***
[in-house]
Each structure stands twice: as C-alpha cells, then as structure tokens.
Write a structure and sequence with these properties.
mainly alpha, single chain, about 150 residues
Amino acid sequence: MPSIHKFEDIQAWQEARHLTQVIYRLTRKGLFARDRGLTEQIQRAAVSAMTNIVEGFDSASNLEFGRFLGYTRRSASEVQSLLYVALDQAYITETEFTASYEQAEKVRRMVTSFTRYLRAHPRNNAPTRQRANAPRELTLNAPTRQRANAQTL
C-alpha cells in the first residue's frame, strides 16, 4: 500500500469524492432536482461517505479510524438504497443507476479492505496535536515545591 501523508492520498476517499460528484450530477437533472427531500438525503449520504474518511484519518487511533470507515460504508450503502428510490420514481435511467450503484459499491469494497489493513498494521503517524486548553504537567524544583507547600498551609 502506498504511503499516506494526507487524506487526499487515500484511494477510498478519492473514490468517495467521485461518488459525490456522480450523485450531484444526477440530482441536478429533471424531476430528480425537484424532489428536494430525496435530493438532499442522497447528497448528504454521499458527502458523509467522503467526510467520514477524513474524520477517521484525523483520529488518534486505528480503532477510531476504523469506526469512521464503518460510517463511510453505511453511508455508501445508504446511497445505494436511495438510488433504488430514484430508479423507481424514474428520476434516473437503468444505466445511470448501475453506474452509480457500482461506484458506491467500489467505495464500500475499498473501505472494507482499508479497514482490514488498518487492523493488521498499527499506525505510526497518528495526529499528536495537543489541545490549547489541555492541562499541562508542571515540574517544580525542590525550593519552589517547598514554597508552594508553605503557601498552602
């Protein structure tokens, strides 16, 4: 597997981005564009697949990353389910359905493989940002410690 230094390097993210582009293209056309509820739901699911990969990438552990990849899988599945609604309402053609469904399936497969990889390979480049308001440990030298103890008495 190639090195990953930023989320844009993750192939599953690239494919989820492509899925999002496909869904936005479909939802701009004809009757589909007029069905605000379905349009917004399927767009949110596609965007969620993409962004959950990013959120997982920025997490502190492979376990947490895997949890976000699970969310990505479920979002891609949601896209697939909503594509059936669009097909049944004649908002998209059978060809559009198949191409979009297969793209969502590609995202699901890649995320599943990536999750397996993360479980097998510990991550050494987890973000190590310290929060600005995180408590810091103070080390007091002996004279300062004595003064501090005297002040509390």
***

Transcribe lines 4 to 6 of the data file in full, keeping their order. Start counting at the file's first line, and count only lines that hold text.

mainly alpha, single chain, about 150 residues
Amino acid sequence: MPSIHKFEDIQAWQEARHLTQVIYRLTRKGLFARDRGLTEQIQRAAVSAMTNIVEGFDSASNLEFGRFLGYTRRSASEVQSLLYVALDQAYITETEFTASYEQAEKVRRMVTSFTRYLRAHPRNNAPTRQRANAPRELTLNAPTRQRANAQTL
C-alpha cells in the first residue's frame, strides 16, 4: 500500500469524492432536482461517505479510524438504497443507476479492505496535536515545591 501523508492520498476517499460528484450530477437533472427531500438525503449520504474518511484519518487511533470507515460504508450503502428510490420514481435511467450503484459499491469494497489493513498494521503517524486548553504537567524544583507547600498551609 502506498504511503499516506494526507487524506487526499487515500484511494477510498478519492473514490468517495467521485461518488459525490456522480450523485450531484444526477440530482441536478429533471424531476430528480425537484424532489428536494430525496435530493438532499442522497447528497448528504454521499458527502458523509467522503467526510467520514477524513474524520477517521484525523483520529488518534486505528480503532477510531476504523469506526469512521464503518460510517463511510453505511453511508455508501445508504446511497445505494436511495438510488433504488430514484430508479423507481424514474428520476434516473437503468444505466445511470448501475453506474452509480457500482461506484458506491467500489467505495464500500475499498473501505472494507482499508479497514482490514488498518487492523493488521498499527499506525505510526497518528495526529499528536495537543489541545490549547489541555492541562499541562508542571515540574517544580525542590525550593519552589517547598514554597508552594508553605503557601498552602